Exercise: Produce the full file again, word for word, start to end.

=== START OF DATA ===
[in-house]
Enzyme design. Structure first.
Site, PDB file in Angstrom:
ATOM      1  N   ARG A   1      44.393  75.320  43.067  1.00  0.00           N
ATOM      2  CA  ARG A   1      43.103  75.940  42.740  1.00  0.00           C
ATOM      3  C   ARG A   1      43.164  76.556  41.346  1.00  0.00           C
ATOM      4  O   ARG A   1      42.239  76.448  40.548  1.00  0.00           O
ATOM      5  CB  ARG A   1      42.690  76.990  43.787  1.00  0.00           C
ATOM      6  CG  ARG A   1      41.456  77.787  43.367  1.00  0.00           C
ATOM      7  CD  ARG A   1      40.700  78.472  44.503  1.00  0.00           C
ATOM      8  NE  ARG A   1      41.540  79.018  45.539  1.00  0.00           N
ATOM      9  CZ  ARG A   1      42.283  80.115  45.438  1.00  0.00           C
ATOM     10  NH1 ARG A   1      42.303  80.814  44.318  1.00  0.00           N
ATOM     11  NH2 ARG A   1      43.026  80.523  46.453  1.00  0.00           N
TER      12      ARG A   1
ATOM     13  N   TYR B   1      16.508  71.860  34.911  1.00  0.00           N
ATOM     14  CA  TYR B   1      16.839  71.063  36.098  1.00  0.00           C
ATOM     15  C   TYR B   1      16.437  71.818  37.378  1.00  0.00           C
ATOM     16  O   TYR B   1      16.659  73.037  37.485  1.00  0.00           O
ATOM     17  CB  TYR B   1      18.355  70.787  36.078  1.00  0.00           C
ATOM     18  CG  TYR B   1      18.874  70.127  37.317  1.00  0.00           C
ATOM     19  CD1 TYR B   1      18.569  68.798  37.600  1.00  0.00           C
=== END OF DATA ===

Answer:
[in-house]
Enzyme design. Structure first.
Site, PDB file in Angstrom:
ATOM      1  N   ARG A   1      44.393  75.320  43.067  1.00  0.00           N
ATOM      2  CA  ARG A   1      43.103  75.940  42.740  1.00  0.00           C
ATOM      3  C   ARG A   1      43.164  76.556  41.346  1.00  0.00           C
ATOM      4  O   ARG A   1      42.239  76.448  40.548  1.00  0.00           O
ATOM      5  CB  ARG A   1      42.690  76.990  43.787  1.00  0.00           C
ATOM      6  CG  ARG A   1      41.456  77.787  43.367  1.00  0.00           C
ATOM      7  CD  ARG A   1      40.700  78.472  44.503  1.00  0.00           C
ATOM      8  NE  ARG A   1      41.540  79.018  45.539  1.00  0.00           N
ATOM      9  CZ  ARG A   1      42.283  80.115  45.438  1.00  0.00           C
ATOM     10  NH1 ARG A   1      42.303  80.814  44.318  1.00  0.00           N
ATOM     11  NH2 ARG A   1      43.026  80.523  46.453  1.00  0.00           N
TER      12      ARG A   1
ATOM     13  N   TYR B   1      16.508  71.860  34.911  1.00  0.00           N
ATOM     14  CA  TYR B   1      16.839  71.063  36.098  1.00  0.00           C
ATOM     15  C   TYR B   1      16.437  71.818  37.378  1.00  0.00           C
ATOM     16  O   TYR B   1      16.659  73.037  37.485  1.00  0.00           O
ATOM     17  CB  TYR B   1      18.355  70.787  36.078  1.00  0.00           C
ATOM     18  CG  TYR B   1      18.874  70.127  37.317  1.00  0.00           C
ATOM     19  CD1 TYR B   1      18.569  68.798  37.600  1.00  0.00           C